The pace of technology change is more rapid than we can predict and yet its general take-up in education is monumentally slow. Some innovations are relatively hard to ignore, like Web 2.0. Web users have reached a critical mass, all with a developed expectation of fulfilment. Web 2.0 shifts the focus to the user and away from the creator of information. Information moves beyond websites to find components and relationships across domains and devices, providing current information to users as they move around. Web 2.0 is not all hype, but what we do need is less awareness about its dangers and replace this with examples of sustainable, effective application of its capacities for innovation in learning. It has fresh, useful data as its core, provides users the ability to manipulate information and adapt tools for participation, rather than just being passive recipients.
So why does such innovation matter for teachers? For educators to not maximise the massive potential of this resource for teaching, learning and driving innovation is to risk becoming marginalised as a viable influence in shaping the 21st century. We will widen the gap between learners and the formal education systems. Without widespread engagement and clearly defined needs, education also risks remaining the Cinderella sector of the technology world, constantly re-purposing tools originally designed for business, defence and the leisure industries.
We have had over a decade of collaborative reform in curriculum and assessment, and at least two decades of significantly improved technology access. I believe many of the key issues that continue to exist in education, need to be solved from the bottom up. Effective practices that become enshrined were often experiments in someone’s classroom. We needn’t worry that we’re not having enough ideas: it’s not ideas that are lacking, it’s the detail of practices to deliver them that require rethinking. Many professionals are currently working away at this daily in their classrooms; working to define ways that make learning more successful. The romantic notion that technologies, particularly the web, would revolutionise education, where all were equally heard, all information accessed and all wisdom shared, has continued to be proven just that—a romantic notion. Technologies can provide a stimulus to rethink current practice, but the expectation that the opportunities it offers will provide imperatives to unlock the full benefits—educational, cultural, and creative—seems to me just another form of romantic illusion.
Technology and learning
We’re only just beginning to explore the real potential of using digital activities for learning. It is still very early days in education innovation using technologies. The central issues still concern trying to fit new technologies into old pedagogies. It’s not that we have got it wrong. There are numerous examples of innovation in education all around us. Often changes are very specific, and because schools are such busy places, innovation is rarely shared and often goes unremarked. This is largely cultural. It is partly about the lack of value we give to sharing real innovation and making it central to our thinking and practice. It is also operational. It is to do with how leaders and others think teachers should behave to improve the effectiveness of teaching and learning. I believe teachers already have a shared sense that we need to restructure current approaches to education delivery. It’s just that practice is harder to move on.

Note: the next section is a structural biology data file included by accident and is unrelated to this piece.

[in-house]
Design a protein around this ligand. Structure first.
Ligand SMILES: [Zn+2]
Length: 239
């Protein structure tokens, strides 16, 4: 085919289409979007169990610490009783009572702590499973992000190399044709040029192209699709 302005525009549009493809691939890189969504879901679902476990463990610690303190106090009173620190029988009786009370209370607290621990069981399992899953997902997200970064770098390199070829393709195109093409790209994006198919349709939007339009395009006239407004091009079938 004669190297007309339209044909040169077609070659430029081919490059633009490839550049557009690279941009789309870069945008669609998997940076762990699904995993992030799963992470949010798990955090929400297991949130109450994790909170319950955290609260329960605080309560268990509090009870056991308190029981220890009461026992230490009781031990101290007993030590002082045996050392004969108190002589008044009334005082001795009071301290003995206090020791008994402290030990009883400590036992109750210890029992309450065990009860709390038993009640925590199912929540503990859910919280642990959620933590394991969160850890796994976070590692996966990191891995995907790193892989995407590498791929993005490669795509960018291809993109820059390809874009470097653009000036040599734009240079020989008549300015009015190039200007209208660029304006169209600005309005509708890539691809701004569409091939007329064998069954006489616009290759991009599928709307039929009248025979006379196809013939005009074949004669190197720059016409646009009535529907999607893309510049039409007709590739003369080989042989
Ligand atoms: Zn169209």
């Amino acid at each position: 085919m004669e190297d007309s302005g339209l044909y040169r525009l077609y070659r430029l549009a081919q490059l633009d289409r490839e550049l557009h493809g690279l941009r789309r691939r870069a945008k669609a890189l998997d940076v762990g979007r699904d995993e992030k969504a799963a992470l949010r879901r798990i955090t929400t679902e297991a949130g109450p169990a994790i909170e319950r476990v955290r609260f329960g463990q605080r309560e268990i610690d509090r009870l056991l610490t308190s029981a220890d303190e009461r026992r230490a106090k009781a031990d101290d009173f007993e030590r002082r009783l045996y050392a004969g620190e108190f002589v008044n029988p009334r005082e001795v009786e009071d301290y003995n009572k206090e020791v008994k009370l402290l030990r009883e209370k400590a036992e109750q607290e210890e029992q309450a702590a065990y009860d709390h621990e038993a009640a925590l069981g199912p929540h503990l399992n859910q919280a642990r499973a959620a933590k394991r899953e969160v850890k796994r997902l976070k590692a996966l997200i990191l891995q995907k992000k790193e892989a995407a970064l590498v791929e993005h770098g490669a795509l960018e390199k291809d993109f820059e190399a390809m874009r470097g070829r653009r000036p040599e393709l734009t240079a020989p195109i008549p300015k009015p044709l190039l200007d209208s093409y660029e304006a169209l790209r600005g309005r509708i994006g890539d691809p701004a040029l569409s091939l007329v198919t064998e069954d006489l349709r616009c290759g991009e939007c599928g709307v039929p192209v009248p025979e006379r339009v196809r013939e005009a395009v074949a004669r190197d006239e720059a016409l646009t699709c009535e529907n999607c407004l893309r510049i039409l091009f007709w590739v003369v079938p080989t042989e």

As Alan C Kay observed: ‘The best way to predict the future is to invent it’. As educators, we need practices that invent the building blocks and then develop the capacity to use them systematically for education. Predicting the future is notoriously unreliable, but we are on the threshold of an opportunity to engage learners as never before. We have never been more flexibly enabled to personalise learning and give effect to the aspirations we share for effective 21st century learners. The importance, as always, lies in the detail of how it is delivered. How do we bring learning to life in the classroom and embed generic competencies into a curriculum that extends beyond the constraints of traditionally defined disciplines. I want to re-establish recognition of the courageous and passionate individual who does what is required for learners and then extends it; who takes on responsibility and innovates both in the classroom and across the school; the educator who is engaged emotionally and intellectually and who uses small innovations consistently and boldly to underpin transformation of student engagement and learning.
Articulating effective innovation requires consistent commitment and boundless energy. In addition to being professionally worth doing, it is becoming increasingly critical to re-engage learners and to reduce the credibility gap for students between traditional school practice and their learning that takes place outside the classroom.